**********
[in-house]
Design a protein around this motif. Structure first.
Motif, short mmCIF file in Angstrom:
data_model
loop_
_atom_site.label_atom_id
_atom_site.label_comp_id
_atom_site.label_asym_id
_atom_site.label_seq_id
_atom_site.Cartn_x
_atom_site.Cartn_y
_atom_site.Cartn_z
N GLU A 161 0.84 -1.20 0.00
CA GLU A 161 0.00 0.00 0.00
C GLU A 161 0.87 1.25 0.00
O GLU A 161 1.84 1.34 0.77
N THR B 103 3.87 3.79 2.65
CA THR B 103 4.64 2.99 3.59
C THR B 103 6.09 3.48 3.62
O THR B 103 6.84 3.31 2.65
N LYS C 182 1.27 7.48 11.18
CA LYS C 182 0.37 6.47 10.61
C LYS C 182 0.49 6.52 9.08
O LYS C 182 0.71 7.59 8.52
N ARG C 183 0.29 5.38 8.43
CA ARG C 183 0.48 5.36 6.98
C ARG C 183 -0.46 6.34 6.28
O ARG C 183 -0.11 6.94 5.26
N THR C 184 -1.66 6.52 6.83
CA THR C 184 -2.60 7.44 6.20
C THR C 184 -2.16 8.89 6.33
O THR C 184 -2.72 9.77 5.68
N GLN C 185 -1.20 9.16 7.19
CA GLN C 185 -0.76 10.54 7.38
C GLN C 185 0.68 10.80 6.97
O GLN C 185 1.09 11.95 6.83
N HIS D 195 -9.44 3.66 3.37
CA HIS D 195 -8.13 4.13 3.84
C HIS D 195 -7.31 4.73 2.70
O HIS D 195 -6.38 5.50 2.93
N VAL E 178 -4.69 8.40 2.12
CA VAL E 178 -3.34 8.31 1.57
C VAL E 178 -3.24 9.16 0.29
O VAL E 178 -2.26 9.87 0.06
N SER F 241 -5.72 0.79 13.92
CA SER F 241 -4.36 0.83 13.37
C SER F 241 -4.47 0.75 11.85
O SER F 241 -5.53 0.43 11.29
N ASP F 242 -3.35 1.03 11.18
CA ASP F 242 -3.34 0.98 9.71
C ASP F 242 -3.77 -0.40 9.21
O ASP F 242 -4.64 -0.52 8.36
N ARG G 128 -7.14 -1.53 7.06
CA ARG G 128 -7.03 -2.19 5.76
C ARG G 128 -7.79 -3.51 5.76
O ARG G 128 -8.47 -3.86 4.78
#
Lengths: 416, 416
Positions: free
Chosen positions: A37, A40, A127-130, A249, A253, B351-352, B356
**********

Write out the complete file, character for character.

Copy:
[in-house]
Design a protein around this motif. Structure first.
Motif, short mmCIF file in Angstrom:
data_model
loop_
_atom_site.label_atom_id
_atom_site.label_comp_id
_atom_site.label_asym_id
_atom_site.label_seq_id
_atom_site.Cartn_x
_atom_site.Cartn_y
_atom_site.Cartn_z
N GLU A 161 0.84 -1.20 0.00
CA GLU A 161 0.00 0.00 0.00
C GLU A 161 0.87 1.25 0.00
O GLU A 161 1.84 1.34 0.77
N THR B 103 3.87 3.79 2.65
CA THR B 103 4.64 2.99 3.59
C THR B 103 6.09 3.48 3.62
O THR B 103 6.84 3.31 2.65
N LYS C 182 1.27 7.48 11.18
CA LYS C 182 0.37 6.47 10.61
C LYS C 182 0.49 6.52 9.08
O LYS C 182 0.71 7.59 8.52
N ARG C 183 0.29 5.38 8.43
CA ARG C 183 0.48 5.36 6.98
C ARG C 183 -0.46 6.34 6.28
O ARG C 183 -0.11 6.94 5.26
N THR C 184 -1.66 6.52 6.83
CA THR C 184 -2.60 7.44 6.20
C THR C 184 -2.16 8.89 6.33
O THR C 184 -2.72 9.77 5.68
N GLN C 185 -1.20 9.16 7.19
CA GLN C 185 -0.76 10.54 7.38
C GLN C 185 0.68 10.80 6.97
O GLN C 185 1.09 11.95 6.83
N HIS D 195 -9.44 3.66 3.37
CA HIS D 195 -8.13 4.13 3.84
C HIS D 195 -7.31 4.73 2.70
O HIS D 195 -6.38 5.50 2.93
N VAL E 178 -4.69 8.40 2.12
CA VAL E 178 -3.34 8.31 1.57
C VAL E 178 -3.24 9.16 0.29
O VAL E 178 -2.26 9.87 0.06
N SER F 241 -5.72 0.79 13.92
CA SER F 241 -4.36 0.83 13.37
C SER F 241 -4.47 0.75 11.85
O SER F 241 -5.53 0.43 11.29
N ASP F 242 -3.35 1.03 11.18
CA ASP F 242 -3.34 0.98 9.71
C ASP F 242 -3.77 -0.40 9.21
O ASP F 242 -4.64 -0.52 8.36
N ARG G 128 -7.14 -1.53 7.06
CA ARG G 128 -7.03 -2.19 5.76
C ARG G 128 -7.79 -3.51 5.76
O ARG G 128 -8.47 -3.86 4.78
#
Lengths: 416, 416
Positions: free
Chosen positions: A37, A40, A127-130, A249, A253, B351-352, B356